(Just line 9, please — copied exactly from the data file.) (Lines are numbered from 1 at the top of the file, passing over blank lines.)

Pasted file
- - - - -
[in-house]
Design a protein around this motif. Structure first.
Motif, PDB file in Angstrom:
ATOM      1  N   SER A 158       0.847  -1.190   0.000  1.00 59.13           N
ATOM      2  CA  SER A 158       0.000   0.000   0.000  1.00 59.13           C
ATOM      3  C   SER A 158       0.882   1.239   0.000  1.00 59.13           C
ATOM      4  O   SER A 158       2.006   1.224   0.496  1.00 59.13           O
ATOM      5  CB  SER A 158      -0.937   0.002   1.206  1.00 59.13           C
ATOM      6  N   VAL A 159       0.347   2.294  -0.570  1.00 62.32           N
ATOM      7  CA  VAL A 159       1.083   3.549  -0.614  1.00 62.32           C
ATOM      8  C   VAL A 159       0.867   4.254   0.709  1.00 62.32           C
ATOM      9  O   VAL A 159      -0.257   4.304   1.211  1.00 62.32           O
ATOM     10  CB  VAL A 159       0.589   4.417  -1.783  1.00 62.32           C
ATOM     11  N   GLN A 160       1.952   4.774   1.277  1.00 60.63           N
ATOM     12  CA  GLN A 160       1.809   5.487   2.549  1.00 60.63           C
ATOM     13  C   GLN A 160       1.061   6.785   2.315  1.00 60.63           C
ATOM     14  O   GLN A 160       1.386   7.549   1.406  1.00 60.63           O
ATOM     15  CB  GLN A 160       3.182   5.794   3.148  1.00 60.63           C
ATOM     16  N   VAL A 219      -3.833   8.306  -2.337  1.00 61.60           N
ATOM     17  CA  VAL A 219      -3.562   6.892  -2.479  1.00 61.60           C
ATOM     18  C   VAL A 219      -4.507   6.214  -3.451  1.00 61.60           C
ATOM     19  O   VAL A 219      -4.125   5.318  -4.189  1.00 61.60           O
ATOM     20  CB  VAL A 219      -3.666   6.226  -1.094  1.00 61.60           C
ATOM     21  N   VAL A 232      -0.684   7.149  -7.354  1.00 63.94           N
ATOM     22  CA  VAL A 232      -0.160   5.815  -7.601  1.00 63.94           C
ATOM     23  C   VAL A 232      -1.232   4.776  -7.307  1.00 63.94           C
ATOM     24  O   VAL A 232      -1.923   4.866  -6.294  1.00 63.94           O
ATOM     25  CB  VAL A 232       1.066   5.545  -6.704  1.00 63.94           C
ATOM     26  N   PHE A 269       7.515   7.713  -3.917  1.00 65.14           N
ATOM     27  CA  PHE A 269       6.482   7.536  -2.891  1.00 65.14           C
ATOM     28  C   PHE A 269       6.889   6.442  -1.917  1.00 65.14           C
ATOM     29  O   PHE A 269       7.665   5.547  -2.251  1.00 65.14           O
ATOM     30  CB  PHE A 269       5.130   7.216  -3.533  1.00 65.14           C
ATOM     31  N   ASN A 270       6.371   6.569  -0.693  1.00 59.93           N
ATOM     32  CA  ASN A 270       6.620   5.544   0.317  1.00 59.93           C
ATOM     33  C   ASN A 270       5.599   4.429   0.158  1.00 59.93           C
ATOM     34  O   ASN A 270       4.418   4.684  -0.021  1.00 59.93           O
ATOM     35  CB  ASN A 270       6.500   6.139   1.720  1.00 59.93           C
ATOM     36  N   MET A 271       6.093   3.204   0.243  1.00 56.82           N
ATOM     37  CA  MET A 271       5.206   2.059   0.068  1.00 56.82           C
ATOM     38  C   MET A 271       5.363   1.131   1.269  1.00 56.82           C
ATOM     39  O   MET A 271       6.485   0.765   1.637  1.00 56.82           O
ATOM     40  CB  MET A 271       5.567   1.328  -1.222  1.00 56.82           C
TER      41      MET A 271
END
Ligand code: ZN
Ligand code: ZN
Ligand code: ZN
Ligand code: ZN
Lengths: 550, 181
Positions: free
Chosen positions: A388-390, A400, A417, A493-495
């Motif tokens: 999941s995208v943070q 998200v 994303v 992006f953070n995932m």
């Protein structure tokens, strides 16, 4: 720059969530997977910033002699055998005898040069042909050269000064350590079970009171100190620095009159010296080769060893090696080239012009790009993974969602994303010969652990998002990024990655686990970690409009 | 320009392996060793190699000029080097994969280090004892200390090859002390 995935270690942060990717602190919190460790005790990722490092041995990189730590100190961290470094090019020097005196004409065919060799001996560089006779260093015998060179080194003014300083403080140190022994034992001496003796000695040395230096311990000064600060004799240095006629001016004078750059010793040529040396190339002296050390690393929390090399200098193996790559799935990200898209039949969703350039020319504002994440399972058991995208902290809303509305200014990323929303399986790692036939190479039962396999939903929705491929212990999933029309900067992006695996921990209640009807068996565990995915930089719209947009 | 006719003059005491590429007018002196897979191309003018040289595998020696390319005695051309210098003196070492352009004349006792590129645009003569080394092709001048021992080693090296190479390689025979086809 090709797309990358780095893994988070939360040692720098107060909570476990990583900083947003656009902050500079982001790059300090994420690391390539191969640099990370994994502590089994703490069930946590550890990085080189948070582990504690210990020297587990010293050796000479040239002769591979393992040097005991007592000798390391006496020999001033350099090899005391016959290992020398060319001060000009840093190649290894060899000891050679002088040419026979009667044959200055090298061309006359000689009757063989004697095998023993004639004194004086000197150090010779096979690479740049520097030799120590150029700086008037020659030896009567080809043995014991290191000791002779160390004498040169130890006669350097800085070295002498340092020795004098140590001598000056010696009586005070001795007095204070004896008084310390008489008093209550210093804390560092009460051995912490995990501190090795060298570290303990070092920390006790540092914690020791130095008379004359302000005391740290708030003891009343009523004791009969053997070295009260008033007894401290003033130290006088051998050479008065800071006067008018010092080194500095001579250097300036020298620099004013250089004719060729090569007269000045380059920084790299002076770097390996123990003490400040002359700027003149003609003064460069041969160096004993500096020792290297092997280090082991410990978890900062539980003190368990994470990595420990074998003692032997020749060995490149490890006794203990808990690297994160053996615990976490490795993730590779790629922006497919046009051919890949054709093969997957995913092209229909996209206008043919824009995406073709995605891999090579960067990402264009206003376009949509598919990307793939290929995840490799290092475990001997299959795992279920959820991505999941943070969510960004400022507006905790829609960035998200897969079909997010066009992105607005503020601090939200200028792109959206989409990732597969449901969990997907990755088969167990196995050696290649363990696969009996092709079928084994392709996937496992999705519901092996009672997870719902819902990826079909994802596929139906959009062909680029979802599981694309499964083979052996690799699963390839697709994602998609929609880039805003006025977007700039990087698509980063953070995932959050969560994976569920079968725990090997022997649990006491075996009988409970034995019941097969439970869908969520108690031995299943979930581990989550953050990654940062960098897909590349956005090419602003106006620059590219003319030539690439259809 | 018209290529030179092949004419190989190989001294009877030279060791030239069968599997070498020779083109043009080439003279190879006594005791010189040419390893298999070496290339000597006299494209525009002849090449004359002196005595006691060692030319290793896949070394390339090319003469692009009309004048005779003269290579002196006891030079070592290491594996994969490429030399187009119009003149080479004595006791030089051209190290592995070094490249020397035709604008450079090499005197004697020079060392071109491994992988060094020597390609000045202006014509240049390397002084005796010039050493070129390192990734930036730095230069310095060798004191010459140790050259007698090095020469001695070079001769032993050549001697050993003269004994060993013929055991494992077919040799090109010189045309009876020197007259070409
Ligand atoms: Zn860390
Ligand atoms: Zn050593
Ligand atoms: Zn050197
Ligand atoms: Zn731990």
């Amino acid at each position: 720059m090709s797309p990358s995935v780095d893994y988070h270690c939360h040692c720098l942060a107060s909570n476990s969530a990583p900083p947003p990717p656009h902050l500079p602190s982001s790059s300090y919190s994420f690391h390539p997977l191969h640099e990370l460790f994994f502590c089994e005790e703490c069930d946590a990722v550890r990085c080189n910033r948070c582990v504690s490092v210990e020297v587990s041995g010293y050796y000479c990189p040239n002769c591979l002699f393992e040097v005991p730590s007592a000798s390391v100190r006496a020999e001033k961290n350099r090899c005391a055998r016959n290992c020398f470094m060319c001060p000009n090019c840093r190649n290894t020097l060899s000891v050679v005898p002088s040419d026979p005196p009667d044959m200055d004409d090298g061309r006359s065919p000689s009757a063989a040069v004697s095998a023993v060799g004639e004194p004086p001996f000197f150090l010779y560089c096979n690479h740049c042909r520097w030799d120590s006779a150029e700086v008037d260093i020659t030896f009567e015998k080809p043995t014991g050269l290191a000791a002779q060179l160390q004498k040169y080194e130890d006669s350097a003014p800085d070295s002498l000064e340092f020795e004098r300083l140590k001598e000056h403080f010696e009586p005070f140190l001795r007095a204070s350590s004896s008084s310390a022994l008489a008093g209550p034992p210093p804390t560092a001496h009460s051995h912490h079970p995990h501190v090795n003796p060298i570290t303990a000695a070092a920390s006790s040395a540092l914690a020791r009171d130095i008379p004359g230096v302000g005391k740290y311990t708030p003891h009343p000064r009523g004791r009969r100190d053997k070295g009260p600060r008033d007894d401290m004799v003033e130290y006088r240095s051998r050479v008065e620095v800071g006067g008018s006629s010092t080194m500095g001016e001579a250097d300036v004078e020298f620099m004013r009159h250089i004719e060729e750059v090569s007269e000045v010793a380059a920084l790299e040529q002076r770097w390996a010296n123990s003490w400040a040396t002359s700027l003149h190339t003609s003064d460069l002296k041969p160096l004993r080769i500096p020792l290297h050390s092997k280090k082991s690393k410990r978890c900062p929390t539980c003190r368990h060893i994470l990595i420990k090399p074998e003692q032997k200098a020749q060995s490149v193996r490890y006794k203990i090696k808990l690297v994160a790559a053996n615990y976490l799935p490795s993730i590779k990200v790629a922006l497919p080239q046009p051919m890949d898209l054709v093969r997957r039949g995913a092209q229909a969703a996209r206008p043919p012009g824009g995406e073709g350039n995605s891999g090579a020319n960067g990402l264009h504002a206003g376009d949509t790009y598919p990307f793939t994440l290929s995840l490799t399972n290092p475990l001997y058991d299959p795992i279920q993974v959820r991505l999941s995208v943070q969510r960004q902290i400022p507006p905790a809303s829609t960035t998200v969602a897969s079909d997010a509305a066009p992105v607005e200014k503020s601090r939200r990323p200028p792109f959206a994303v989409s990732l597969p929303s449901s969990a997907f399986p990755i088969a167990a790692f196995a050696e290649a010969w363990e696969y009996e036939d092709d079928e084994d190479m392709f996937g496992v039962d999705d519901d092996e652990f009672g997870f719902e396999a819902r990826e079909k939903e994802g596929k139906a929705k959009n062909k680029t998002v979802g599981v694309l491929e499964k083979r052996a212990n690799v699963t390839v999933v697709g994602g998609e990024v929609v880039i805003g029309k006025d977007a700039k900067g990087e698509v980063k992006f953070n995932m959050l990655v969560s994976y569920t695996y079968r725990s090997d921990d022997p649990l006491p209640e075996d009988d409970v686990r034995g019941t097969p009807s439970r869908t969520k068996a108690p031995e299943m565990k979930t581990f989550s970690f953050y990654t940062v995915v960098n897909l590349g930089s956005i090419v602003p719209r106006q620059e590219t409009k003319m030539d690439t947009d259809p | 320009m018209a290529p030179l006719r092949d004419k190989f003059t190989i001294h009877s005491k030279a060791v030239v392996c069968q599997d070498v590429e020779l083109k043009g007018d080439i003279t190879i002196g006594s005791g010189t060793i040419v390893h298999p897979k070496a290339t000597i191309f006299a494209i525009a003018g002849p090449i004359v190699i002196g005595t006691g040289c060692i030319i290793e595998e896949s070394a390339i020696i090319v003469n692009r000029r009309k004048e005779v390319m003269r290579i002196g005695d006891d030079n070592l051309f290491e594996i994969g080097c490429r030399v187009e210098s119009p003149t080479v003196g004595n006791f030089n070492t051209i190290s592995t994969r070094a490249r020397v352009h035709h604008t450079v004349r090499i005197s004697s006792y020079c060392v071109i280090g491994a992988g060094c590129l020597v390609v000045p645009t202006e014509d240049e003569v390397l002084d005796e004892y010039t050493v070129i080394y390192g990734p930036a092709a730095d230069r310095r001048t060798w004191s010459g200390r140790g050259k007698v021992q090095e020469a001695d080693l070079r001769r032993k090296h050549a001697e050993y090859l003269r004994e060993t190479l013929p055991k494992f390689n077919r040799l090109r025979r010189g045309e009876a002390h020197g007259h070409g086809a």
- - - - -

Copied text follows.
ATOM      6  N   VAL A 159       0.347   2.294  -0.570  1.00 62.32           N